A vendor’s license permits the sale of goods or services and identifies its holder as a collector of state sales tax, in states where such a tax is collected. New Hampshire, for example, does not collect a sales tax on purchased items, but still requires a license to sell goods or services. Licensure requirements differ from state to state, but all applicants must fill out an application, and in many cases there is a fee involved to become a licensed vendor.
Visit the city clerk’s office of the city where you plan to operate your business. The city clerk will be able to tell you which license you need to legally operate a business. Be advised that there may be more than one. If you were planning to operate a lunch cart that also sold alcoholic beverages, for example, you would require—at the very least—a street vendor’s license, a food service license and a liquor license.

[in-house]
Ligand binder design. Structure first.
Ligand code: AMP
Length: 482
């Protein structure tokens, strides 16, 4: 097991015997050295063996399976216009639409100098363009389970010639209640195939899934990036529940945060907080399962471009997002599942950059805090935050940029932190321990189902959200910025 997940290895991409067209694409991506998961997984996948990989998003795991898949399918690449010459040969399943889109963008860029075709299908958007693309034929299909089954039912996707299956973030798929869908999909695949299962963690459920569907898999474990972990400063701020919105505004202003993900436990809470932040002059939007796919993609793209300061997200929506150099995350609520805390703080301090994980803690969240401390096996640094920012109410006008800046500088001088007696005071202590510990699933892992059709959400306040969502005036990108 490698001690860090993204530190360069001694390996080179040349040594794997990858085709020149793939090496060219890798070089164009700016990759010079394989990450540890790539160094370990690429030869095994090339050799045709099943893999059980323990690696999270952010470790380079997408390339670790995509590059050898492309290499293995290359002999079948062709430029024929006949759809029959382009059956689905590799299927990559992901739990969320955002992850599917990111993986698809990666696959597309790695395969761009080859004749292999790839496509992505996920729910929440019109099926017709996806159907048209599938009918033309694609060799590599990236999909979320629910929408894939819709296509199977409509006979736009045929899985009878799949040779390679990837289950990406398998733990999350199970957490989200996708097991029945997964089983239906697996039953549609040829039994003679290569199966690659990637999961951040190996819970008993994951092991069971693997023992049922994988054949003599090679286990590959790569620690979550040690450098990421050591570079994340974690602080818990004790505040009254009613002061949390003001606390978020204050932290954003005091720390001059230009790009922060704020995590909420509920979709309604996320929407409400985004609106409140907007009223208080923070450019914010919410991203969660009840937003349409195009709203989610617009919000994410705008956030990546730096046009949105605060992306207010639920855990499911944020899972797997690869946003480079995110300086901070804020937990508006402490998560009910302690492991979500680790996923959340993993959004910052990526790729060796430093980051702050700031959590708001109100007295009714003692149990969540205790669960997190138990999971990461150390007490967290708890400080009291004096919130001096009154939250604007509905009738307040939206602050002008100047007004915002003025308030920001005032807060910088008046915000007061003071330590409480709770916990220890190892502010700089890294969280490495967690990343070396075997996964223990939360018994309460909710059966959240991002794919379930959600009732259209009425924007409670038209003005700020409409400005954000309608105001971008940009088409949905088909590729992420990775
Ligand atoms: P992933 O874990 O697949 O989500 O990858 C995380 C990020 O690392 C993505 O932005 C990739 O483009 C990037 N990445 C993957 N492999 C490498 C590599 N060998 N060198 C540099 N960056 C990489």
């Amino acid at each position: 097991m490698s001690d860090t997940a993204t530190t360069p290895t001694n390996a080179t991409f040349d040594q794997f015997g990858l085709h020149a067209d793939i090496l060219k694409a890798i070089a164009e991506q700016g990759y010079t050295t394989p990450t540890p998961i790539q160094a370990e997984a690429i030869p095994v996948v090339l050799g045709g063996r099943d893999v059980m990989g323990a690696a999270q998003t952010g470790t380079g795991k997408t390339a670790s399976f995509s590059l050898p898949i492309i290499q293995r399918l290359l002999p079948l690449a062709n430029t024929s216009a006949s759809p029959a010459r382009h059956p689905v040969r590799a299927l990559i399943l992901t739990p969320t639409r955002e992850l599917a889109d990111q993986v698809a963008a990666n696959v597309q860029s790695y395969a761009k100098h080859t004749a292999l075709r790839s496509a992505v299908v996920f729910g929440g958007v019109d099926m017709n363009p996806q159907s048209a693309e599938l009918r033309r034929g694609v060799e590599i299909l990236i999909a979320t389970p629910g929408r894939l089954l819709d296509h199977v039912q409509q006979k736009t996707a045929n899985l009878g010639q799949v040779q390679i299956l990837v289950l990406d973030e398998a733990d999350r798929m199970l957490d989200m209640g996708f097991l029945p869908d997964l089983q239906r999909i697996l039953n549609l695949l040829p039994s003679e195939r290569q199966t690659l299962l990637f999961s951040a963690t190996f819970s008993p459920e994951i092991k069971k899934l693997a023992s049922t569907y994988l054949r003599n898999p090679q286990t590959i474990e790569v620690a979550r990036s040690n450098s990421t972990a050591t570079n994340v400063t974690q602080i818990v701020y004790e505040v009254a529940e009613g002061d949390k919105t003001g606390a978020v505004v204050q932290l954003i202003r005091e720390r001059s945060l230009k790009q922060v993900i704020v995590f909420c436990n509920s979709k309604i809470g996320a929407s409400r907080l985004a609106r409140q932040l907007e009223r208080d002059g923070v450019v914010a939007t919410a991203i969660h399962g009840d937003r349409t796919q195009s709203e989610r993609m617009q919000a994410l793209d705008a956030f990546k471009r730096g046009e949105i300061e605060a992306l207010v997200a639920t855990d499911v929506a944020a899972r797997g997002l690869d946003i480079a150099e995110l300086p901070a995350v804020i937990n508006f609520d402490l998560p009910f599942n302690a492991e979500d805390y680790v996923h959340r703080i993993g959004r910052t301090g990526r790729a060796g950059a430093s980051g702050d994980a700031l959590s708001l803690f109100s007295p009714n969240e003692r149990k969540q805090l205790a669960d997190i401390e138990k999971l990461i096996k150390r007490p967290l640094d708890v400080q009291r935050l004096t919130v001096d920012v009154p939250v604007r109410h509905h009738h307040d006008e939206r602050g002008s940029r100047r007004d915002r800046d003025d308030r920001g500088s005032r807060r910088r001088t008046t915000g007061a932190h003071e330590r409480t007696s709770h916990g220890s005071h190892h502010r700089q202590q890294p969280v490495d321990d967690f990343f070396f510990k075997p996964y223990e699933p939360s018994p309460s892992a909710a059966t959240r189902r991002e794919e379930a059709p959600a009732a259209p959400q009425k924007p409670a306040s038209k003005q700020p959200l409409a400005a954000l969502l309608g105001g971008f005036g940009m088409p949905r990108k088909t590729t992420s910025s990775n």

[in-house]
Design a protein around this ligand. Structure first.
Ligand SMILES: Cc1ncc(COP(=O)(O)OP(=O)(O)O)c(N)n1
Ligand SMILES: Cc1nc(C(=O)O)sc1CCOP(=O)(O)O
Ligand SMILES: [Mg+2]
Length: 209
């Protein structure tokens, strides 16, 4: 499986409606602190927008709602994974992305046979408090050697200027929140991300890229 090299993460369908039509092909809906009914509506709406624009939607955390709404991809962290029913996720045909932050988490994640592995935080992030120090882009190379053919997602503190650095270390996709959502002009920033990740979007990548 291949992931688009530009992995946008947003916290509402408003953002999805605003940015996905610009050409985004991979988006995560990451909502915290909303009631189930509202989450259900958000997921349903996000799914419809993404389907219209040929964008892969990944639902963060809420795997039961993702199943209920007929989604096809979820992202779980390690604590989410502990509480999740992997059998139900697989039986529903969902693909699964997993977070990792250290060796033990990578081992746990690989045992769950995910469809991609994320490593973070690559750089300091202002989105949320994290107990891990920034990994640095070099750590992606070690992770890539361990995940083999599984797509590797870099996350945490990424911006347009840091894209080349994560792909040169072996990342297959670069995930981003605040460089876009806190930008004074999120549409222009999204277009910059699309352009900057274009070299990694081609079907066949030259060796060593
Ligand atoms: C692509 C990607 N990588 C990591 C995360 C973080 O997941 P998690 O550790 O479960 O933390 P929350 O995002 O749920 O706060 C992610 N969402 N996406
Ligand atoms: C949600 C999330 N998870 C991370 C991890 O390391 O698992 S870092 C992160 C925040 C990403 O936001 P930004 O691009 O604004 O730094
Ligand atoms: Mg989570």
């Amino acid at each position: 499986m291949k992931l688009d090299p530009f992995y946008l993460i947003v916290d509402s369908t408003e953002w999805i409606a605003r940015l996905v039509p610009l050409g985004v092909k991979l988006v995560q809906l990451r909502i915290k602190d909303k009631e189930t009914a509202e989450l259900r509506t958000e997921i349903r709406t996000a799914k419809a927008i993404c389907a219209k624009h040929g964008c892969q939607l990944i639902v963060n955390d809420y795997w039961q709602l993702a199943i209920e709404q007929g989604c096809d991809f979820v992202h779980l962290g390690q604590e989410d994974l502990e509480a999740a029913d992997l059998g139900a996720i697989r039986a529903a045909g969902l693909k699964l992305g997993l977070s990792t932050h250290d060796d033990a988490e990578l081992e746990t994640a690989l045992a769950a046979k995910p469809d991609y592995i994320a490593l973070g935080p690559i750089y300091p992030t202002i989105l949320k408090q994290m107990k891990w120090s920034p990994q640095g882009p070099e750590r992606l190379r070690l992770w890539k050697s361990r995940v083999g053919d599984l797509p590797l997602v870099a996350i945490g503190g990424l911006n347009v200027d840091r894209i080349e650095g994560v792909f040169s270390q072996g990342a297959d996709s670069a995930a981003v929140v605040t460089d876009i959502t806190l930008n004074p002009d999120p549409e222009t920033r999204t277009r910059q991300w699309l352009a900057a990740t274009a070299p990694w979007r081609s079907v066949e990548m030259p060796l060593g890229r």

Fill out an application. Provide all identifying information: your name, driver’s license or Social Security number, address, telephone number, the name and address of your business, type of business, hours of operation, etc. You will have to include the names of your partners and partnership agreements, if applicable, and separate applications may be required for each partner.
Expect to pay a fee. There is usually an initial fee, and sometimes a security deposit is required. Your license will have to be renewed each year. There may be a renewal fee, but if there is, it is often less than the initial fee.
Expect an inspection. If you are opening a restaurant or selling food of any kind, the state health department will make a visit to inspect the premises and verify that they meet state health standards. You may have to undergo other types of inspections, as well. Some very popular locations--like Venice Beach, California--have strict rules governing what types of items may be sold, and local enforcers may patrol the area, issuing citations or tickets if the rules are broken.